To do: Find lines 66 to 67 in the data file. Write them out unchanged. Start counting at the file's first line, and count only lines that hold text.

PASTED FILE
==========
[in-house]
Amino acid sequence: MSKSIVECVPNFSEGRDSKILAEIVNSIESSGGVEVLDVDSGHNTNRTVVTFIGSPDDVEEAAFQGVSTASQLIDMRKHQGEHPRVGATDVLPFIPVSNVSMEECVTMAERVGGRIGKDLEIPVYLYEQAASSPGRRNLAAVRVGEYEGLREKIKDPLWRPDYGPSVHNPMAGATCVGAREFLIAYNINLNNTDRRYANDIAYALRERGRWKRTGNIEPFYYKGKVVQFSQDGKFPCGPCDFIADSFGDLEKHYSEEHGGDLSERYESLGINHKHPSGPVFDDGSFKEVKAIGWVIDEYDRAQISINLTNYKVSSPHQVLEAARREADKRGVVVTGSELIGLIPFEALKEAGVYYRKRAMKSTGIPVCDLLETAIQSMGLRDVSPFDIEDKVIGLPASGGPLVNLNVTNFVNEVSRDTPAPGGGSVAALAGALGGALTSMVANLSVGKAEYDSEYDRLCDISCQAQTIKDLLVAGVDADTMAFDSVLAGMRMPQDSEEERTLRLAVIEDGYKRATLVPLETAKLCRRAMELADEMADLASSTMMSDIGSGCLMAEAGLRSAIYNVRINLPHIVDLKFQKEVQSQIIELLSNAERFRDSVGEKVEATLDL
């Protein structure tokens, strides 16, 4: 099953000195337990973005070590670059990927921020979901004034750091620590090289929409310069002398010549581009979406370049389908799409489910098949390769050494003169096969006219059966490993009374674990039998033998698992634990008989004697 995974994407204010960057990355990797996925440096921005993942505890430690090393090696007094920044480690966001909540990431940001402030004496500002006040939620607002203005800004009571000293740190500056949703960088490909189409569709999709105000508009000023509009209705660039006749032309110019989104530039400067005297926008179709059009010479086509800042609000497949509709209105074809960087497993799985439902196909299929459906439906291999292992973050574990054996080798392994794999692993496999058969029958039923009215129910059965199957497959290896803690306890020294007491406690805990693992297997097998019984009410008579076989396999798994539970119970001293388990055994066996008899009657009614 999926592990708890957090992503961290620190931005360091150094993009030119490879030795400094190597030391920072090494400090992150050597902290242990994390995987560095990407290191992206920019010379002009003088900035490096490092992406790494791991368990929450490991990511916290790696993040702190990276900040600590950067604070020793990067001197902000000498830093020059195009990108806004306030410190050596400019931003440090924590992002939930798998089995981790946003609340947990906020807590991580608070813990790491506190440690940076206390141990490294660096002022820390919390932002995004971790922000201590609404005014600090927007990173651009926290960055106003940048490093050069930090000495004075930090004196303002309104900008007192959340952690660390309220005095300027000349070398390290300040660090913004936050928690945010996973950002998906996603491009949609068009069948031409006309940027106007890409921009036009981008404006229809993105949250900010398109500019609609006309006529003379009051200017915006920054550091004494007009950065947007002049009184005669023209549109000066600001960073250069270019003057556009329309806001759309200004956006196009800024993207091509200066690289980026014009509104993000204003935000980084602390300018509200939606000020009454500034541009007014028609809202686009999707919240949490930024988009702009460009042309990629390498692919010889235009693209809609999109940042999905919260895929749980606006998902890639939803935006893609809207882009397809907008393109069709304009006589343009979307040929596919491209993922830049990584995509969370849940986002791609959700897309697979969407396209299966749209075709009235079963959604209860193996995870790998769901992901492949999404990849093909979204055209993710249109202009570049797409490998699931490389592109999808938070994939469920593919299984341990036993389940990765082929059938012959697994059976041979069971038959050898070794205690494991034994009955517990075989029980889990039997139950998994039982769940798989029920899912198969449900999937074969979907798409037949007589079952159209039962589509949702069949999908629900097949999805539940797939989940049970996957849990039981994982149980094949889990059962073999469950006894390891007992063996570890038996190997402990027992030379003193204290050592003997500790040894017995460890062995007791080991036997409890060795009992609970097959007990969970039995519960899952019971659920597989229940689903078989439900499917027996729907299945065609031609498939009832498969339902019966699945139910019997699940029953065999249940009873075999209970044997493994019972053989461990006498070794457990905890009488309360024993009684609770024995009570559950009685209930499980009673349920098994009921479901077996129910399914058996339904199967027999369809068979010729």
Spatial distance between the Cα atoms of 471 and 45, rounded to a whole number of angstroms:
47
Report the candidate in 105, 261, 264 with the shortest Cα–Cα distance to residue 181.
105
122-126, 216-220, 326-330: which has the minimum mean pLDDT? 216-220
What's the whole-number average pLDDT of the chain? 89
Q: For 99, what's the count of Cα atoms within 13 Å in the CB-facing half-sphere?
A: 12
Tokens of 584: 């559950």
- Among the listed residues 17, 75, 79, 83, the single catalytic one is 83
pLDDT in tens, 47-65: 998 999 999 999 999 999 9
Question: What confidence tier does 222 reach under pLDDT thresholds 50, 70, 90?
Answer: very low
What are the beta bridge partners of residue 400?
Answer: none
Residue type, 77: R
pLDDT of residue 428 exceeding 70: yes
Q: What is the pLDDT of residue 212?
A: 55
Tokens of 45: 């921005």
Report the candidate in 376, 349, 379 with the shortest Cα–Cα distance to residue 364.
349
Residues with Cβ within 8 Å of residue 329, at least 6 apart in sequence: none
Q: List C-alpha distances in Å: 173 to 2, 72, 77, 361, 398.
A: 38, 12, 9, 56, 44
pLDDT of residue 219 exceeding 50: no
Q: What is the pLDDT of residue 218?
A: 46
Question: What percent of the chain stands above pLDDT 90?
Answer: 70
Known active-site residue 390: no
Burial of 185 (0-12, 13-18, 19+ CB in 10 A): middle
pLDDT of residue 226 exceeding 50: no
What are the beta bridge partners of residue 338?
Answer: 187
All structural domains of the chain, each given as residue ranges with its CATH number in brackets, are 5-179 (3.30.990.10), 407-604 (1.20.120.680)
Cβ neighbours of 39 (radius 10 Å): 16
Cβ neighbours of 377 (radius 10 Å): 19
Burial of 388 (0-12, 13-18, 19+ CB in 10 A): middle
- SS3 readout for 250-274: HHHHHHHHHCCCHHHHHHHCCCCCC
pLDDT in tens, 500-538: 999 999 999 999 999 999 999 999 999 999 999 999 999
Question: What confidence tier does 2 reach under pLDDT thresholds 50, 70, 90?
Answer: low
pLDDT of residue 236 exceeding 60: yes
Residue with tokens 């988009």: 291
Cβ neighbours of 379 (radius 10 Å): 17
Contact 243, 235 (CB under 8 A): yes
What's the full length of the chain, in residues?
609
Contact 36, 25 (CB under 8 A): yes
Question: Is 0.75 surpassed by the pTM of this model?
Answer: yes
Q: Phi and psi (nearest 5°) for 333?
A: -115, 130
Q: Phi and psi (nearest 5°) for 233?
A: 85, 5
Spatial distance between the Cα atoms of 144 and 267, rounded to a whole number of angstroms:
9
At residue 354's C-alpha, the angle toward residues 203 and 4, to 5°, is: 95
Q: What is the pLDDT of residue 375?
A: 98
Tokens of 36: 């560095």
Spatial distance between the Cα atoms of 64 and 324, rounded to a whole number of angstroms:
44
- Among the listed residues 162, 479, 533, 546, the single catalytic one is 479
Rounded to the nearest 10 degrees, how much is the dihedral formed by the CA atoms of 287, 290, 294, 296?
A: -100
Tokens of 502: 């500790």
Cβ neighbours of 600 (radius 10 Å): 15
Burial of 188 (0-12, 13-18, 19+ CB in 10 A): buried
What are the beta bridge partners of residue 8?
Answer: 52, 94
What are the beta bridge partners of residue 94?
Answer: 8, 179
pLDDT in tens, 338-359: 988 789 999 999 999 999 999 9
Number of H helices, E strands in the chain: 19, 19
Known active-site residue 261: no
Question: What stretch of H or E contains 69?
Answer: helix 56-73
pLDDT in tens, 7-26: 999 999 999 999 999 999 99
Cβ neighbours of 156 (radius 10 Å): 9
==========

Spatial distance between the Cα atoms of 64 and 324, rounded to a whole number of angstroms:
44